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Happy 50th birthday, optical fibres for telecoms

In July 1966, Charles Kao looked into glass and saw the future of telecoms

By Richard Chirgwin, 18 Jul 2016

One of the seminal developments in modern telecommunications turns 50 years old this month: the paper that bootstrapped the world of optical fibre communications.

With this publication in the July 1966 issue of Proceedings of the Institution of Electrical Engineers (now the IET), Charles Kao upended then-current research into using lasers for communications.

Researchers already knew lasers could be used for communications, but were convinced the best application was either in free space optics or using some kind of hollow waveguide.

Kao's big contribution to the world we now live in was to determine that if a glass fibre was sufficiently pure, attenuation in it would be low enough to carry a signal far enough to be useful for telecommunications.

As the IEEE relates, Kao was working in the UK's Standard Telephones & Cables (later part of Nortel, while its Australian arm was acquired by Alcatel) under Antoni Karbowiak, who was trying to make plastic optical waveguides.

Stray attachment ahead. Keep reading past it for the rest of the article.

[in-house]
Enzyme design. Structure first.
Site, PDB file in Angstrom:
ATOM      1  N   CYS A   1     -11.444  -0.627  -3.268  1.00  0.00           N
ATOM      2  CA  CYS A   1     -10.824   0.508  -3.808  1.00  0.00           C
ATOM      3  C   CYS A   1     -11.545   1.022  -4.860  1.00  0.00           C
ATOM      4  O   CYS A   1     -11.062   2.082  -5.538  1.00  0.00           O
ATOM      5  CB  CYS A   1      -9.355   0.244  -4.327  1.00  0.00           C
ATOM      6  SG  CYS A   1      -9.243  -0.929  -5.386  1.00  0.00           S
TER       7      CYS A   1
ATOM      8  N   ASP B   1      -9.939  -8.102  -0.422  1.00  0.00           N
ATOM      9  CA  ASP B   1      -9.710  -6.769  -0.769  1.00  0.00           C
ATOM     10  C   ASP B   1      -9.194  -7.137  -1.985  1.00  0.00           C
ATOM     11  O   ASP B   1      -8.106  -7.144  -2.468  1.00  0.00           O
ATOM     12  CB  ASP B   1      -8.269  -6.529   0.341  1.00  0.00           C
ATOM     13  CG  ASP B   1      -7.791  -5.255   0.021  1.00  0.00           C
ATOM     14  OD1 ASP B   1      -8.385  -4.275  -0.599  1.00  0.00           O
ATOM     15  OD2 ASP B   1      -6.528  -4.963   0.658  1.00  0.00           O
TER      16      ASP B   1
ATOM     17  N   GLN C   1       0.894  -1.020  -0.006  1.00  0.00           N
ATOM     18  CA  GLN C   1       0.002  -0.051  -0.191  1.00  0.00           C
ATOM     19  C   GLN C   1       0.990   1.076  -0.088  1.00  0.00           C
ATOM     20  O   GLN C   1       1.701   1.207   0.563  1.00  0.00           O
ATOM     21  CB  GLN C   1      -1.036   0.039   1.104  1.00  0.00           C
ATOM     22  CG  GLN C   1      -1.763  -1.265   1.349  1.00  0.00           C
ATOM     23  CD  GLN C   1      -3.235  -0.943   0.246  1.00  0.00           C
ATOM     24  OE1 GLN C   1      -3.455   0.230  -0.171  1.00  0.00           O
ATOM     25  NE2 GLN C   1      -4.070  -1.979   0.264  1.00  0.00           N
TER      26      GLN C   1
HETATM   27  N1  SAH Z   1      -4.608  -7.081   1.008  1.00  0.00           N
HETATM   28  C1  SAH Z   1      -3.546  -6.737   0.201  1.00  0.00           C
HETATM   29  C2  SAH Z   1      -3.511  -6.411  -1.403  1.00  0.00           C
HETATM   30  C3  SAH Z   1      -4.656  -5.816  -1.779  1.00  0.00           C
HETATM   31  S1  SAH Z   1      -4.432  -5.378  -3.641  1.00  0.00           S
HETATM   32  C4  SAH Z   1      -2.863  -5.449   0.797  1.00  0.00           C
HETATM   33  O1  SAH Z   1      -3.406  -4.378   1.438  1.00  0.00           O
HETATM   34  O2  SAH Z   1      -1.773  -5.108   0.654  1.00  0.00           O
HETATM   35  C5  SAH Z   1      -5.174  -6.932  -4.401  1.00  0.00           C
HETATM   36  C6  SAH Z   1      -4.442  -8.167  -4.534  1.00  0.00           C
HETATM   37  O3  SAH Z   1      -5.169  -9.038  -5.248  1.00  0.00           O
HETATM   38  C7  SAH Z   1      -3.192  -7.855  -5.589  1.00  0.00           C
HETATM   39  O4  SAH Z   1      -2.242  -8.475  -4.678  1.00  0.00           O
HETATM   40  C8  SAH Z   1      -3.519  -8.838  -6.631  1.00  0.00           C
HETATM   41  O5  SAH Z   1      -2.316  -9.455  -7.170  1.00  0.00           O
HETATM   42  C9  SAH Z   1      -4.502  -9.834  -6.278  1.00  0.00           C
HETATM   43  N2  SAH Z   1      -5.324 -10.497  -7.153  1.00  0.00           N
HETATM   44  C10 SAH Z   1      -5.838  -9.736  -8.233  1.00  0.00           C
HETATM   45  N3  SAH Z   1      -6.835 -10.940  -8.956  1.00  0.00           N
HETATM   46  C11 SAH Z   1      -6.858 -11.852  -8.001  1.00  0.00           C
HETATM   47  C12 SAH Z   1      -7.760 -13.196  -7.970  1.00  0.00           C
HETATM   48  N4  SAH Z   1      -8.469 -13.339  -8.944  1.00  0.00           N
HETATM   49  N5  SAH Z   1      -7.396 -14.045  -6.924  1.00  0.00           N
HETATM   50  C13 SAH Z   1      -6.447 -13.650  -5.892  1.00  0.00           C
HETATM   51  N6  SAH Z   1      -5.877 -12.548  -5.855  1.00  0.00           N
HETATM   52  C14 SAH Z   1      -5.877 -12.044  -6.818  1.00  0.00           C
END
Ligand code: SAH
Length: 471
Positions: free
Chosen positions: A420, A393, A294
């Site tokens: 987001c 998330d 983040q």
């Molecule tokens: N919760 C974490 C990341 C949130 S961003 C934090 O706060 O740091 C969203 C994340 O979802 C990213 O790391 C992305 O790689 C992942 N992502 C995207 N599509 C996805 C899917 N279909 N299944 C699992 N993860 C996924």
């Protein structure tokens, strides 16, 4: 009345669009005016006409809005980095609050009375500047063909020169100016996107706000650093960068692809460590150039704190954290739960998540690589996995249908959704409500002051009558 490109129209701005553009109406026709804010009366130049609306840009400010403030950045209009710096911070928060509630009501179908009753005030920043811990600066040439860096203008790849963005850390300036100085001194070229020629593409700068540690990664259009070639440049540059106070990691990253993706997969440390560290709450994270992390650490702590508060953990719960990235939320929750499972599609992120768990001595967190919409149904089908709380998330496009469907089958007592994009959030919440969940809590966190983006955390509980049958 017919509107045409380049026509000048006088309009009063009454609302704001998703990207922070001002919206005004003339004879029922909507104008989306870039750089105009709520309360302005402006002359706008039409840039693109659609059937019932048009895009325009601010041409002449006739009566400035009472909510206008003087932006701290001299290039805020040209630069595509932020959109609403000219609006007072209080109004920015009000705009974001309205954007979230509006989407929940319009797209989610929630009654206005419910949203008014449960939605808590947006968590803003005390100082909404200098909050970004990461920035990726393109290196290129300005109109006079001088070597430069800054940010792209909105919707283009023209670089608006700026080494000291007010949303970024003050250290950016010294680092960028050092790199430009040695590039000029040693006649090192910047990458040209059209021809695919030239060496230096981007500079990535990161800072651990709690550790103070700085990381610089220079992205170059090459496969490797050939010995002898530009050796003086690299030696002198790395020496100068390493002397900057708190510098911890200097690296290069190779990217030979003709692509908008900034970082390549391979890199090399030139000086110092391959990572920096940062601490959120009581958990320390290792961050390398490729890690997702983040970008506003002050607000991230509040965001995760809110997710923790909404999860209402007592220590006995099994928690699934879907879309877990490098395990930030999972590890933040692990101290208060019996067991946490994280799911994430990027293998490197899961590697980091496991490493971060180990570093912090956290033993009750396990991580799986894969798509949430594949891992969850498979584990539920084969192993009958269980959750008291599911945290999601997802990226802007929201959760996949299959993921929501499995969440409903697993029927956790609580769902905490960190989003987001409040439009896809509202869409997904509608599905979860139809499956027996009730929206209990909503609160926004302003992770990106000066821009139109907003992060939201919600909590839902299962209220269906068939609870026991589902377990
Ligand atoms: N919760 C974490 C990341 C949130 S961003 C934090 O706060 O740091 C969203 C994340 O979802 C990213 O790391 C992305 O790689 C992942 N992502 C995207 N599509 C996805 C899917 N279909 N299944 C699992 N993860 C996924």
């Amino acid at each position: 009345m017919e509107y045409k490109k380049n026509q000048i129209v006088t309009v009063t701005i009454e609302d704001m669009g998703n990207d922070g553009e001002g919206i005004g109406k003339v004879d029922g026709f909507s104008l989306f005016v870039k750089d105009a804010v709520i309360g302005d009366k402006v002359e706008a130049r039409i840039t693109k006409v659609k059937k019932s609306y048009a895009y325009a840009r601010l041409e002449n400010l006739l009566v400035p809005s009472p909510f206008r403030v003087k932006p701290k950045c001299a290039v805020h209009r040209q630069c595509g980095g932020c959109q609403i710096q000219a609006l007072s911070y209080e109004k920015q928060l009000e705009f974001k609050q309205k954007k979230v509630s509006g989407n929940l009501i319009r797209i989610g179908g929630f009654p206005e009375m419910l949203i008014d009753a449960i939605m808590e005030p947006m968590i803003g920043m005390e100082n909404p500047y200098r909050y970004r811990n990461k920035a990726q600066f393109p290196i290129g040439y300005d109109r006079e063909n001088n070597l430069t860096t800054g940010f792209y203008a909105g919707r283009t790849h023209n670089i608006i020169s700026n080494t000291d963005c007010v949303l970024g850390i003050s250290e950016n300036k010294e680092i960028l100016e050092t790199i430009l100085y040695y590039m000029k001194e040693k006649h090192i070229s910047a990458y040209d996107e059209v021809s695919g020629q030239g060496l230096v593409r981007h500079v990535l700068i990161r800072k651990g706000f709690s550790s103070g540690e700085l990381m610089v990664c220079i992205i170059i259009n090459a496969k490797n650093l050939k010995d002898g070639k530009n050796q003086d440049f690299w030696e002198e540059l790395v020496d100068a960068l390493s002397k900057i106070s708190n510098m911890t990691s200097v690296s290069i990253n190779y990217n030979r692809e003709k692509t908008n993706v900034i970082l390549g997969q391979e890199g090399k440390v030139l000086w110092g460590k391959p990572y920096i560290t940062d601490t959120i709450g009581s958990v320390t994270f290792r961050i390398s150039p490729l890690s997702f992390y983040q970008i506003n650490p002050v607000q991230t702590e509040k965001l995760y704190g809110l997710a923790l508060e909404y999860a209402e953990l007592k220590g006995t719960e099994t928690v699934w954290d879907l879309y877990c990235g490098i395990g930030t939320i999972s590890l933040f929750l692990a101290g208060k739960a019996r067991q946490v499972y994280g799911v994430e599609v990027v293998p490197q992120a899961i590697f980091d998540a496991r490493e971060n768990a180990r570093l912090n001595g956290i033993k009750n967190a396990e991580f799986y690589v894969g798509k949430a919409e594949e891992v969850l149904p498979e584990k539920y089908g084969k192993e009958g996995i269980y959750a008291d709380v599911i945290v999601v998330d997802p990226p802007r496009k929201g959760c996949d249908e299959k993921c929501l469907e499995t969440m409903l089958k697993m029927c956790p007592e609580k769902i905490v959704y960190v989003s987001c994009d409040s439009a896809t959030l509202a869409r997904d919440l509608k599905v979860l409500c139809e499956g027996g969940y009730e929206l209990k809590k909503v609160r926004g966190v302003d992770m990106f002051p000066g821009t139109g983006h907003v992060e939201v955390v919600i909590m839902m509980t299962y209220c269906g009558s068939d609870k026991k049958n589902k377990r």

Kao and other researchers – the IEEE singles out Rudolf Kompfner at Bell Labs – knew it was impurities in the glass that were the problem.

Their paths diverged when Kompfner looked at the best glass then available: finding its attenuation was thousands of decibels per kilometre, he continued with Bell Labs' focus on hollow waveguides, while Kao searched for high-purity materials for fibres.

After Karbowiak left STC to take up a university post in Australia, Kao worked with the University of Sheffield's Harold Rawson on that engineering problem, and with his assistant George Hockham published the 1966 paper.

That sparked an international research effort. Kao's original question to Rawson was whether 20 dB of attenuation per kilometre was feasible; by 1979, Corning was making fibres with 0.2 dB/km attenuation, and fibre's future in the telecommunications network was assured.

Indeed, it's highly likely that Kao's ideas played a part in bringing you this very Reg story.

Kao shared the 2009 Nobel Prize for Physics for his 1966 paper with the inventors of charge-coupled devices (CCDs). ®

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